Now ideally, I'd love a set of Flora Danica, but it's ruinously expensive, along with very formal, so putting that aside the next best options for me are ones that can work in a reasonably casual setting, or be dressed up. That way you won't only pull it out when you're doing some sort of semblance of silver service. One account I follow on Instagram is the Laboratorio Paravicini account. They're based in Milan, and hand paint plates in beautiful and unique designs. I was clicking around on the Julia B (beautiful linen, another weakness of mine) website, and happened across a tabletop tab, which includes the most beautiful plates, as well as linens, glasses and cutlery, all newly launched. Interestingly I noted that they've been commissioned from the aforementioned Laboratorio Paravicini and are made to order. I love the way they're interesting, decorative, but not overly formal in presentation (no gold, a looser pattern).

Coincidentally I was then reading the latest Veranda magazine over the weekend, and saw an article on the launch of the collection, which made for interesting reading - the family house that Julia B spent childhoods at near San Francisco is Italian in style (the garden is pictured above), which explains the quite Italian style collaboration. Unfortunately, the plates, while not Flora Danica in pricing, are still fairly expensive (US $750 for 4, more if you want them monogramed with your initial), so I can't say I'll be rushing to commission a 12 person set just yet.... the hunt continues.

Romy's Airbnb apartment in Hobart

On to wallpapers. This is one of my favourite topics, and wallpaper has had a massive resurgence in recent years. I feel like every week there's another collection being launched, and it is pretty hard to keep up with all the manufacturers now - with the advent of digital printing, and the flipside interest in traditional block printing, there are a lot of niche producers now. While I'm not overly fond of the feature wall (despite having a large one in my house!) the scenic feature wallpaper can work really well where you have a large, blank, boring wall to fill, and mostly this is very expensive, produced by the likes of De Gournay, Zuber and Gracie.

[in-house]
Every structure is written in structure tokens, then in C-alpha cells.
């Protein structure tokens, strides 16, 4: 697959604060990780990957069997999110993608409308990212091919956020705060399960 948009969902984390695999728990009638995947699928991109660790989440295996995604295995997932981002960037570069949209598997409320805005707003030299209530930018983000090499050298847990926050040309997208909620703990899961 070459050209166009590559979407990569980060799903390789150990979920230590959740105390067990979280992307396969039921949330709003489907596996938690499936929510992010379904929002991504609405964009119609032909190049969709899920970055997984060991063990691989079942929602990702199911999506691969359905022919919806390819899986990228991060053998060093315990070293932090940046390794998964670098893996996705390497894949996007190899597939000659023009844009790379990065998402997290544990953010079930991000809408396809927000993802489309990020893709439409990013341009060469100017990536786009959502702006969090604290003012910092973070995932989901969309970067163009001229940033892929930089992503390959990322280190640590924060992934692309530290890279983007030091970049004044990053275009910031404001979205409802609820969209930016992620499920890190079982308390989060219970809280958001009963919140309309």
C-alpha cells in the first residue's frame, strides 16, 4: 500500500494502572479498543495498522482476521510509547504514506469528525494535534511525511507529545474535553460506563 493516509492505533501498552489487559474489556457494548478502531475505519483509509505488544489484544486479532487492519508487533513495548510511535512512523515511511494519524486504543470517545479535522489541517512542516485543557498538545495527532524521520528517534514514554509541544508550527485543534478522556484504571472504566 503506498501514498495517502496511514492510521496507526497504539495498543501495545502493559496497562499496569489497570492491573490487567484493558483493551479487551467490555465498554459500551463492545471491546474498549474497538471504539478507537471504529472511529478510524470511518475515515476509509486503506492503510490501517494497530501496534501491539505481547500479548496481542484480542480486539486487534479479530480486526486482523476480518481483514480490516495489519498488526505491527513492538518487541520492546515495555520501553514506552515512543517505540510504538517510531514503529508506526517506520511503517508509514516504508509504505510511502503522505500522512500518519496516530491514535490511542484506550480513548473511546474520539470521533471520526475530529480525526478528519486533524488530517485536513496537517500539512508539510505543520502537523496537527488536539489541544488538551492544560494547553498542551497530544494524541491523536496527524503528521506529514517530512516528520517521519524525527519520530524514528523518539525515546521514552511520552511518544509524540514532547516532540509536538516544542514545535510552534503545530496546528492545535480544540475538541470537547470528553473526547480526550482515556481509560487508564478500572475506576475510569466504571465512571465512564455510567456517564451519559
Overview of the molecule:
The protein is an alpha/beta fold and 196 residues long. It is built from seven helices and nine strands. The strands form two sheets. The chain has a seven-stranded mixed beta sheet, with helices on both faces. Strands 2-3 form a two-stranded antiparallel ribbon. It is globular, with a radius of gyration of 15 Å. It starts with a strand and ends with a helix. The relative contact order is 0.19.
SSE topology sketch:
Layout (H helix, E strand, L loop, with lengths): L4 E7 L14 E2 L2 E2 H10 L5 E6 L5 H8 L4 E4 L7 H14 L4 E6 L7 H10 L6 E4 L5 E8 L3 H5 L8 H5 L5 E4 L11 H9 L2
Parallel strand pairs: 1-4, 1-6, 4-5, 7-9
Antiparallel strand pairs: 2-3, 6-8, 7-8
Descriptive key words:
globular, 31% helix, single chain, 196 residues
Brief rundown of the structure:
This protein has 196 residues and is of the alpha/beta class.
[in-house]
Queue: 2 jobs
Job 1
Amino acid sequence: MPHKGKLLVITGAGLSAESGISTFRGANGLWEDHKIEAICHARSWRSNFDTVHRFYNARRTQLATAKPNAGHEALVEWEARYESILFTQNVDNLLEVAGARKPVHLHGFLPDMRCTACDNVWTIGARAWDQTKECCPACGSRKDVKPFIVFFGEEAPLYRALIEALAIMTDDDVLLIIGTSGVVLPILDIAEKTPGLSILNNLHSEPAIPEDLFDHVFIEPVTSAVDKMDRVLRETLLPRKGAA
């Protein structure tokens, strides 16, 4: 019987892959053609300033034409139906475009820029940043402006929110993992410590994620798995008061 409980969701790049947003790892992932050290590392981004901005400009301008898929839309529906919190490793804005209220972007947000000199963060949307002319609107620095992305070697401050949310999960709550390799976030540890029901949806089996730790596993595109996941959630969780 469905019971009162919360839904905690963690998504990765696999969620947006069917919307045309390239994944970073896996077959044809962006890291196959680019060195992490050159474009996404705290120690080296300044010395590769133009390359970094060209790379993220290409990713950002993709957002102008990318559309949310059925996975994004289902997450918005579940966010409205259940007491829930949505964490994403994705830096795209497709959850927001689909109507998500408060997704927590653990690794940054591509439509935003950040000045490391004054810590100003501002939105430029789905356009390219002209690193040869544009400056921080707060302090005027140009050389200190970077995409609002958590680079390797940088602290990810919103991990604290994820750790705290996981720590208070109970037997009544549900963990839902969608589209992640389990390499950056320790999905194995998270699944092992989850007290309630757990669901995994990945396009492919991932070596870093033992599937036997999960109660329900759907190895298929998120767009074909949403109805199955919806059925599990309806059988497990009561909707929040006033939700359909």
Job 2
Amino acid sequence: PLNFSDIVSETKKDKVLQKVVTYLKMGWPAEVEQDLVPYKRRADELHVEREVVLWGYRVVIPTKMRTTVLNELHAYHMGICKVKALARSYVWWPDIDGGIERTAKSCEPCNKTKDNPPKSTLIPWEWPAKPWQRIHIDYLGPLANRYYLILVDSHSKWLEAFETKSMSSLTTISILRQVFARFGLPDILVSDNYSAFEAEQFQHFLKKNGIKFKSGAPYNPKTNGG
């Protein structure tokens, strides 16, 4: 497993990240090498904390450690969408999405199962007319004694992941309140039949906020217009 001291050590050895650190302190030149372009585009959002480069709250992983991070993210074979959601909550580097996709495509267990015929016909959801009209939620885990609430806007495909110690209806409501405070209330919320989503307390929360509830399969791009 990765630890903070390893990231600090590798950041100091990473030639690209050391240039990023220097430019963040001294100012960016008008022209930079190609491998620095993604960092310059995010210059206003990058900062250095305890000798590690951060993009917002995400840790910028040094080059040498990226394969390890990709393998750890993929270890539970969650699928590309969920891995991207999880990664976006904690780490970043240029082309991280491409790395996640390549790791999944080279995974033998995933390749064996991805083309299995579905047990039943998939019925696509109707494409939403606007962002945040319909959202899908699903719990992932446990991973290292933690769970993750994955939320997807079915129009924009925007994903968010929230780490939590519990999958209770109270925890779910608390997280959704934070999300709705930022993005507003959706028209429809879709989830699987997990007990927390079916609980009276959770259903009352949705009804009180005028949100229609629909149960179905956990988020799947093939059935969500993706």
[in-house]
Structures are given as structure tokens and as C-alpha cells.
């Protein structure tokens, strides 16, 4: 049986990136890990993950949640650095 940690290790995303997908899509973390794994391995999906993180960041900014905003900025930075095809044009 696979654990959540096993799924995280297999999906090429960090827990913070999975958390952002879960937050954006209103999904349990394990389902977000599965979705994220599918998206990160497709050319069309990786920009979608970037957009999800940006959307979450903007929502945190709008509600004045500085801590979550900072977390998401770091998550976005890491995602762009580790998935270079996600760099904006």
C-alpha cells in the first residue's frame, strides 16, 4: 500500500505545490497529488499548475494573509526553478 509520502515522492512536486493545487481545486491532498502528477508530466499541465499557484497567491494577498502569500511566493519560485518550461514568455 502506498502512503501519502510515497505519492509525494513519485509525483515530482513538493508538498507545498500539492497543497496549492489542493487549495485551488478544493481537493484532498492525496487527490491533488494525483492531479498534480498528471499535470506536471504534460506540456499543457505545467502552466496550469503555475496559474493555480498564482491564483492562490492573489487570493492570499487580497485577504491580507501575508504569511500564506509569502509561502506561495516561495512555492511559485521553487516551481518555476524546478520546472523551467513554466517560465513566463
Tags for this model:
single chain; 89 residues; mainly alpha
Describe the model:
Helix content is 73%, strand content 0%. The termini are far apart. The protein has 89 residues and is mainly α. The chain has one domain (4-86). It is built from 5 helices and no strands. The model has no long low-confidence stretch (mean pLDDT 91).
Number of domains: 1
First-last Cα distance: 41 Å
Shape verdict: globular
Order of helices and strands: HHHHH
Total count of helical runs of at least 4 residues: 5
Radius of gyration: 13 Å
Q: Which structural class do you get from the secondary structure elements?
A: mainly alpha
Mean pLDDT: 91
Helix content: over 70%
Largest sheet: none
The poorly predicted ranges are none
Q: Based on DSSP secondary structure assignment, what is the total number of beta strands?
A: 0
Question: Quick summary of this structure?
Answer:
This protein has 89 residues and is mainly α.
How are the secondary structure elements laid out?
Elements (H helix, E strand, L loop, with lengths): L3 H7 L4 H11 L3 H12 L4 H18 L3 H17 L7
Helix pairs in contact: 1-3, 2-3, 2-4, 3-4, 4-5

If you don't have the money for a scenic wallpaper, or for decent art, then this could be the solution for you. Andrew Martin in London were the producers of my own library book feature wall, and always have good solutions such as blue and white plates on the walls (pictured above is one of my friend Romy's Airbnb apartments in Hobart with the Cargo wallpaper used in the entrance), panelling, stamps... and now a collaboration with the National Gallery (London) whereby you choose any of the paintings in their collection, provide your measurements, and they'll print it onto wallpaper and ship it to you.

Here in Australia you'd have to do this through a decorator, as their wallpaper here is to the trade, but I thought this was such a fantastic solution for some potentially awkward rooms and certainly would give bang for your buck without resorting to faux art.

Books - I've read a lot over the long Summer holidays, partly because my family and friends know a safe bet is a coffee table book, so I tend to be given many of the new crop for gifts for my Birthday and Christmas. One that I've loved has been "Life at the Top", about the grand apartment buildings of New York. These apartments were built for the very wealthy, and still are inhabited by the very wealthy. Each chapter is devoted to a landmark apartment building, with information on who designed it, who lived in it then and now, and, best of all, a floor plan of a typical apartment in the building, and a featured apartment usually decorated recently by a big name designer.

I can't tell you how much I've loved looking at the floor plans! Many have multiple living areas, designed enfilade style where one room opens into another to allow for entertaining on a grand scale, as well as more intimate room scales. Many have say, 4 bedrooms with ensuites, but 7 separate maids rooms (these are historical floor plans, I'd say those that still have live in maids wouldn't have quite that number anymore). They again make me bemoan the apartments that are built here in Australia - designed for sales to Investors that won't live in them, with low ceilings, no storage, and a single open plan living room/ kitchen with walls of glass (no where to hang art, put furniture up against, no where to escape your partner entertaining their friends aside from a bedroom). They're not apartments to live in. I'd dearly love to design a decent apartment building here - there are a few good ones in Melbourne and Sydney, but really the best apartments in Australia were built in the 1920's, and we haven't seen anything like them since.